The age of consent

What is the biggest myth touted about the GDPR? It is, “If you want to use personal information you must have consent”. Why is this a myth? Because what you need is a lawful basis for processing personal information, not consent. Consent is just one of the six lawful bases available under the GDPR.

By Claire Heaphy

The Privacy Compliance Hub Information Officer

Consent and GDPR

Contrary to popular belief, ‘consent’ is not necessarily the ‘best’ lawful basis.  It can be problematic. Many GDPR fines, including Google’s €50m fine from the CNIL, the French supervisory authority, result from invalid consent.

Controllers are responsible for identifying the most appropriate lawful basis for their use of personal information.  For businesses that choice is very often between consent and legitimate interests. The GDPR exists to give people control over their own personal information.  The consent basis is the epitome of this as it allows individuals ongoing control of their personal information.

When to use consent as your lawful basis  

The consent basis is most appropriate when an organisation wants to use personal information in a way that people would not expect or is potentially intrusive (eg. where you would like to share a person’s contact details with a third party).  Consent should only be used where you are able to offer individuals a genuine choice and control over how their personal information is used. You must also have systems in place so you can stop processing as soon as possible if consent is withdrawn.  Remember, the consent basis hands the individual genuine control over how their personal information is used. It is in no way a tick-box exercise to fulfil and then forget about. You must also keep a record of all your consents. This allows you to monitor and refresh consents (if necessary) and demonstrate that the individual has consented to the processing.

When not to use consent

It is very difficult to rely on consent as a lawful basis in an employment context.  This is because the imbalance in the relationship between the employer and employee creates a presumption that the consent was not freely given which invalidates the consent.  The same applies to any situation where an organisation is in a position of power over the individual eg. a school/pupil relationship.  The individual must not fear any adverse consequences of refusing consent.

In this short video, Kelly Read-Parish, Chief Operating Officer at Credit Kudos, explains how her organisation use The Privacy Compliance Hub.  Credit Kudos harnesses financial data through Open Banking to make better, fairer credit decisions.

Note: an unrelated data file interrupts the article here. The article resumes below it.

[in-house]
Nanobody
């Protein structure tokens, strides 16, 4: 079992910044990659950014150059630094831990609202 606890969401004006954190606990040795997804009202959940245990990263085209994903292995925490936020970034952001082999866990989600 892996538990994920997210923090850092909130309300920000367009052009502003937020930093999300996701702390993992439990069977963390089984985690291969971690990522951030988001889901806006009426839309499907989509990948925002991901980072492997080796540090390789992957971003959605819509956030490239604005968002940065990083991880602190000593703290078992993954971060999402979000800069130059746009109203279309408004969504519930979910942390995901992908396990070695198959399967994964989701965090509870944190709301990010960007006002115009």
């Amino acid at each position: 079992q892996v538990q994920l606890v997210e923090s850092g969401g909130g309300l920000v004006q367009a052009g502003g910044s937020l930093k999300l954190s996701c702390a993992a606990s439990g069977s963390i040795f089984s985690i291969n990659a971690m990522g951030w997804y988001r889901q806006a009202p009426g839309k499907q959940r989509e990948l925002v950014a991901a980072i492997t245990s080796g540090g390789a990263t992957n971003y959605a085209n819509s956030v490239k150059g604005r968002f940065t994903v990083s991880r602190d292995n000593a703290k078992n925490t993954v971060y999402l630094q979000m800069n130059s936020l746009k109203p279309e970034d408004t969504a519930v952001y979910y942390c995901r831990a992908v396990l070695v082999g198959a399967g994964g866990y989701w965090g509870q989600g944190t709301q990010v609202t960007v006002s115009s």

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Consent must be valid 

The GDPR is very strict on what constitutes valid consent for processing personal information.  There are four key elements in the GDPR definition of consent and if your consents do not meet all of them, your processing will be unlawful.  For consent to be valid it must be:

Freely given – eg. it must not be a pre-condition of providing access to a service where consent is unnecessary to provide that service; 

Specific – consent requests should be granular (ie. individual) as opposed to one blanket request.  There must be separate options to consent separately for different purposes and processing;

Informed – people must understand what it is they are agreeing to.  The information given must be complete yet concise and written in plain, easy to understand language; and 

An unambiguous indication of the individual’s wishes by a statement or a clear affirmative action – 

there must be positive action taken to indicate consent (eg. ticking a box); inactivity will not do (eg. failure to untick a box).  It has been well publicised that the GDPR specifically bans pre-ticked boxes.

Organisations which use the Privacy Compliance Hub understand how to obtain valid consent.

Consent can be withdrawn 

Consent is a reversible decision by the individual who can withdraw it at any time.  Once consent is withdrawn, processing of that individual’s personal information must cease as soon as possible. You must inform people before they give consent that they can withdraw it at any time, make it easy and tell them how.  Consent must be as easy to withdraw as to give, preferably using the same method.

Explicit consent

In certain circumstances consent is not enough.  The GDPR sometimes requires ‘explicit’ consent (something over and above ‘regular’ consent) to process personal information.  Explicit consent requires a very clear and specific statement in words.  Obtaining explicit consent is one way of allowing processing which is otherwise prohibited by the GDPR eg. of special category data (such as health data) and automated decision-making (eg. “Computer says no.”)  

In this short video you can see a product walkthrough of The Privacy Compliance Hub, its screens, its features and how it helps organisations establish and maintain a culture of continuous compliance.

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A culture of continuous privacy compliance

In our view, the very best way to ensure that your business understands its obligations under the GDPR (including ensuring a legal basis such as consent for processing) is through a cultural shift in your organisation.  At The Privacy Compliance Hub, we help organisations establish and maintain a culture of continuous privacy compliance by making everyone in an organisation understand privacy, care about privacy and to do their bit to protect personal information.  Our platform contains a structure, a programme, a route map, records, information, reporting and training to enable all organisations to comply with the GDPR and other privacy rules. It contains everything that you need.

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